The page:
Rare Kazakhstan protests, political uproar highlights sensitivity of foreign land ownership
In Kazakhstan, a very unusual event occurred last weekend – an unsanctioned political rally. This is a rarity in the biggest country in Central Asia, with just 19 million people but the ninth-largest in the world by territory – four times the size of France.
The protest, which consisted of half a thousand people in the commercial capital, Almaty, was not directly aimed at the government, which has ruled in one form or another since the Soviet breakup three decades ago.
Still, just the fact that it occurred was remarkable.
The issue concerned a sensitive subject. Whether or not foreigners should be allowed to rent or buy land in the expansive country. Kazakhstan, aside from being a major oil exporter, has immense tracts of underused agricultural land.
A few hundred protesters might to the outsider seem to pose no threat to the authorities.
The authorities felt otherwise.
A local prosecutor asked the leader of the opposition Democratic Party, Zhanbolat Mamai, to call on his supporters to disperse, but he refused.
Officials said the rally had no official permit, and that such gatherings – in any case – were prohibited due to a disastrous COVID situation.
Mamai is unrepentant.
“Land cannot be leased to foreigners; it cannot be sold. Despite the fact that all the authorities are against us, if our demand is not fulfilled, starting from May 15, we will declare a mass hunger strike”, he said.
Some activists say that the existing legal framework is woefully inadequate and does nothing to help local farmers.
“Ordinary citizens cannot exercise their rights”, said activist Bolatbek Blyalov.
He said a 2003 law allowing private land ownership only helped so-called oligarchs and not ordinary people.
“If private property is empty, who is the owner of the land?”, he said. “It will be a bunch of oligarchs. People cheat, and now these sales to foreigners,” he continued.
RARE ISSUE OF OPEN DISAGREEMENTS WITHIN RULING SYSTEM
For a country with an entrenched single-party system, the subject of selling or leasing land to foreigners has proven a volatile issue amid an otherwise staid political environment.
The protesters and their backers demand closing perceived loopholes in the sale or lease of land to foreigners.
It is a rare bone of contention for a country regarded for top-down control.
PARLIAMENT DISPUTE ON MAJOR ISSUE
On Thursday, the upper chamber of parliament, the Senate, made the relatively rare move of returning a major bill to the lower chamber, the Mazhlis. The bill would ban the sale, transfer, development, or lease to foreign entities or Kazakhstan entities where foreigners have majority shares.
The law would also strip the extension of leases by foreign firms. Seven foreign companies control 74,000 thousand hectares of central Kazakhstan farmland. Two more foreign companies in the east of the country control or lease another 18,500 hectares.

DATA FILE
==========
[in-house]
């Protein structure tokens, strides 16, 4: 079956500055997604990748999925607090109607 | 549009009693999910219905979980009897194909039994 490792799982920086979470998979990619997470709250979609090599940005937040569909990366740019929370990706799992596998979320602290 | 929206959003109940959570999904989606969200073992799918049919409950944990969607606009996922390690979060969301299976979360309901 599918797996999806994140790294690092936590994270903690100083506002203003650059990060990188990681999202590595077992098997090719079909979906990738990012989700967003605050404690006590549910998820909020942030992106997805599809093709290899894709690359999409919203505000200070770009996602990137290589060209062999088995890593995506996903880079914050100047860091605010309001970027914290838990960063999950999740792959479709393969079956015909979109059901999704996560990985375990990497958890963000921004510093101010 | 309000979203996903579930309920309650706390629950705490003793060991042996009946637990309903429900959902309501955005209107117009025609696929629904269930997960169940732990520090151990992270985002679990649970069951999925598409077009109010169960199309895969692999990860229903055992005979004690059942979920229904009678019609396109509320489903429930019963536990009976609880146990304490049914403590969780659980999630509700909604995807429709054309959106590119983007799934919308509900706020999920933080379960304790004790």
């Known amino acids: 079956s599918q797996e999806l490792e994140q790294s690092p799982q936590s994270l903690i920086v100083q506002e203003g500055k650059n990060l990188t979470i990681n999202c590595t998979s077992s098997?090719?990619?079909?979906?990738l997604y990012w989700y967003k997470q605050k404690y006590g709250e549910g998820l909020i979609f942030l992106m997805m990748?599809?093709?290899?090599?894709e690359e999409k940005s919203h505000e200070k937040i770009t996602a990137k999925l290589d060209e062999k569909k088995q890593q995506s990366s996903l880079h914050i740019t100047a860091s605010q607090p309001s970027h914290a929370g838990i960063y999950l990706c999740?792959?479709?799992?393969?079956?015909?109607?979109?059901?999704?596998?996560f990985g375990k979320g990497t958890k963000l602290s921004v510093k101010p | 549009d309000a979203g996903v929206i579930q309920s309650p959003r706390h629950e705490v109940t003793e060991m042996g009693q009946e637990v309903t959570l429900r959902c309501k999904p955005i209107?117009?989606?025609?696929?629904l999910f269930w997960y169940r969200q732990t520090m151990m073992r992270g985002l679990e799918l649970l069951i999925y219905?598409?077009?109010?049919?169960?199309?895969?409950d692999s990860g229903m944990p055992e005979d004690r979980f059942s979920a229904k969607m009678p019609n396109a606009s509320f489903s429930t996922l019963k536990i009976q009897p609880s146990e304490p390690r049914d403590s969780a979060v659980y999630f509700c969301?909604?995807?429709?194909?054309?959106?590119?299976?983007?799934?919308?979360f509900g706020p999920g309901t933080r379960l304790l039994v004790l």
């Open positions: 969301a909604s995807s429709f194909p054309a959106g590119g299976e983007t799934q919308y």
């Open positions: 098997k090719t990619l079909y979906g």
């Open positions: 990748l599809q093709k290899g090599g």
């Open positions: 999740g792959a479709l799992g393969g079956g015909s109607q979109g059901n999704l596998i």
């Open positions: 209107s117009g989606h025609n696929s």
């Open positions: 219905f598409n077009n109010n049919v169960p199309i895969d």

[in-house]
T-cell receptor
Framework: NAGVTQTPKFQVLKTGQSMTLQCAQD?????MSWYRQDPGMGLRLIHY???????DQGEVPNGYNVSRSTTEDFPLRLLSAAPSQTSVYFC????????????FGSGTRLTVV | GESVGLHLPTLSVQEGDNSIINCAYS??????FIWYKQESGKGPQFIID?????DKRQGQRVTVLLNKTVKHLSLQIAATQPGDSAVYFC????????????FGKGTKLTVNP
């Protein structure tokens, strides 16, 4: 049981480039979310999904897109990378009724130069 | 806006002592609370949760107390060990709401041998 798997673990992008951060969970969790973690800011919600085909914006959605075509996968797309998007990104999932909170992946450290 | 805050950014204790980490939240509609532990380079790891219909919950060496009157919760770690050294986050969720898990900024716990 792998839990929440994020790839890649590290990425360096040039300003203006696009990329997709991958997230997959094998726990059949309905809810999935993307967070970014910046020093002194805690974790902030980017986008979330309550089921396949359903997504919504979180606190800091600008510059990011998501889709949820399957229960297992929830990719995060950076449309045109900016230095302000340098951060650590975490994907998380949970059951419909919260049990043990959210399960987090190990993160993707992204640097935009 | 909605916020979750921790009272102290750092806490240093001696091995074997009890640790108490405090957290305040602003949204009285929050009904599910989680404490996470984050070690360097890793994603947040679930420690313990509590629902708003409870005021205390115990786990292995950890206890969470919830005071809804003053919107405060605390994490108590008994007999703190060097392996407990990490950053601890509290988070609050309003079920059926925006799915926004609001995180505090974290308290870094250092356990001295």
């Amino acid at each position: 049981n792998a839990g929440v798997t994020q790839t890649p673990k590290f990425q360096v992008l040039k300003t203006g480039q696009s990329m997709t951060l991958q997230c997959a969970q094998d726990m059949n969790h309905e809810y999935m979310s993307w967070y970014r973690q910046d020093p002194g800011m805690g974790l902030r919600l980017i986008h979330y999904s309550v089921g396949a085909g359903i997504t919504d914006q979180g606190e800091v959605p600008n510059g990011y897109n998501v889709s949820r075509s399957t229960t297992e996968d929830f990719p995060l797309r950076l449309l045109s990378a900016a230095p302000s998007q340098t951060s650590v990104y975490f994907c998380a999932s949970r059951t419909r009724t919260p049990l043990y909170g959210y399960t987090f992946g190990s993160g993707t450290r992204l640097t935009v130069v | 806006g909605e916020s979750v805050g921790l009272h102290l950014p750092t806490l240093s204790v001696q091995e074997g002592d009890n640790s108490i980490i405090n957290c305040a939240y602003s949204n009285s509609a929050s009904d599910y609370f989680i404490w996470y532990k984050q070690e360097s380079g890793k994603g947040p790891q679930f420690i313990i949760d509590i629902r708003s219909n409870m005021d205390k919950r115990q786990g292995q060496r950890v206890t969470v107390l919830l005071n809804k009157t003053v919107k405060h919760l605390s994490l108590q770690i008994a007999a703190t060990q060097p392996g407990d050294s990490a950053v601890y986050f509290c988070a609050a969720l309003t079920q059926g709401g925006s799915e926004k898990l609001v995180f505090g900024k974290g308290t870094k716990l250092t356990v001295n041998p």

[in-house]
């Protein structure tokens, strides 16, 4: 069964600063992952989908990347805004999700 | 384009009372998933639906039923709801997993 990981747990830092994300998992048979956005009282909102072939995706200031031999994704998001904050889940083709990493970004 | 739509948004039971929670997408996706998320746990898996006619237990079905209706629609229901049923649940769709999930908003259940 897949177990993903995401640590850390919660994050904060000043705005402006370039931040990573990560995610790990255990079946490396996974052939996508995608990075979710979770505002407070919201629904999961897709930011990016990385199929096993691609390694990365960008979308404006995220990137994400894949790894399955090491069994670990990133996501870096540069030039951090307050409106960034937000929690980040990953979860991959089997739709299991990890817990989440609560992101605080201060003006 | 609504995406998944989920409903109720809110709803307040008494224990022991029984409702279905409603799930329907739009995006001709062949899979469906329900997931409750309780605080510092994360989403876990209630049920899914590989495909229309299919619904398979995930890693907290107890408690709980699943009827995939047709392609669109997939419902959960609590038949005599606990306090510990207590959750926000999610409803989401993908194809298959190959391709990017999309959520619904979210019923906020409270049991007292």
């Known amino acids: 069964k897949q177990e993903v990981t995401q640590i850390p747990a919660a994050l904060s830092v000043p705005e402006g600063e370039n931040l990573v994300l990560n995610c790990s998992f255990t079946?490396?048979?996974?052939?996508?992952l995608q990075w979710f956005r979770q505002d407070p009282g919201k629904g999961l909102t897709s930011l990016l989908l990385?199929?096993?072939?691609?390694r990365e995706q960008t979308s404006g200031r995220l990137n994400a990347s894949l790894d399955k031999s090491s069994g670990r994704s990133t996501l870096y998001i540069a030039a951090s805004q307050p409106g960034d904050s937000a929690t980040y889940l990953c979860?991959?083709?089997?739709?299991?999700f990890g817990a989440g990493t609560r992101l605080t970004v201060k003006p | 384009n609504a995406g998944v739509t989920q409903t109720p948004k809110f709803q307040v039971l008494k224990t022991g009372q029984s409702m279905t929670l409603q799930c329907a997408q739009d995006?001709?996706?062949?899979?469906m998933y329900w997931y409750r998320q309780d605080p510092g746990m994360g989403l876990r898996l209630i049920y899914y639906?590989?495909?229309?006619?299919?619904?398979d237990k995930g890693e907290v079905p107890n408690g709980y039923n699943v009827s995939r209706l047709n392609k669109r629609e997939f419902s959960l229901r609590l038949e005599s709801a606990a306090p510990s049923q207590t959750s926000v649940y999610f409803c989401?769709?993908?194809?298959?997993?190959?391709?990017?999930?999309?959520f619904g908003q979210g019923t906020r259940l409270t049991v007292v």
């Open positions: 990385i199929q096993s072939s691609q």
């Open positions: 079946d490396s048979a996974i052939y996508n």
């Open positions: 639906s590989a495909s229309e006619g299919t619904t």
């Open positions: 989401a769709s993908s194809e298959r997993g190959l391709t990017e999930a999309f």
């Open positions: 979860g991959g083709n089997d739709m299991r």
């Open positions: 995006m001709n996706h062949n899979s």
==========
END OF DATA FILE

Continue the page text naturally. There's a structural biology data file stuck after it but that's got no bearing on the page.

But under the proposed draft law, the leases, which were originally extended to 2022-2025, would not be subject to renewal.
“The lease terms after completion will not be extended for a new term, since the draft law being discussed today provides for a complete ban on the provision of land to foreign land users and various joint ventures,” the Ministry of Agriculture said in a statement.
One particular prickly issue is the potential lease or sale of 120,000 hectares of land to a Chinese firm. The firm has promised large-scale reforestation projects but critics are skeptical.
The brouhaha reflects trepidation in 19 million population Kazakhstan with the intentions of 1.3 billion China.
CONTROVERSY ROOTED IN DEEP HISTORY
The land issue in Kazakhstan has been controversial for years.
Much of the country is highly arable, but large parts remain underutilised. But the country’s small population leaves critics suspicious of foreign – especially Chinese – objectives.
Complicating the situation is the nature of Kazakhstan’s history.
Kazakhs, unlike their neighbors in Uzbekistan, were historically nomadic, and therefore land rights are perceived differently than in traditionally sedentary countries.
But the lack of a legislative framework is an impediment to the development of agriculture. The government says at least one million hectares of land which could be used lie derelict as a result.
In 2003, Kazakhstan simplified private ownership of land, but this produced few results.
The land issue was also a political hot potato in 2016, when similar protests against foreign ownership took place.
In those protests as well, China was a chief bogeyman.
During the turmoil, the government detained several activists.
The protests turned so unpredictable that now former President Nursultan Nazarbayev effectively conceded, prohibiting further leases of land for agricultural purposes to foreign citizens.
Some farmers however believe the ban on the rent of land to foreigners might tarnish Kazakhstan’s investment allure.
“This law yet again shows how little the government understands the inner nuances of the agricultural sector,” farmer Kirill Pavlov told eurasianet.org.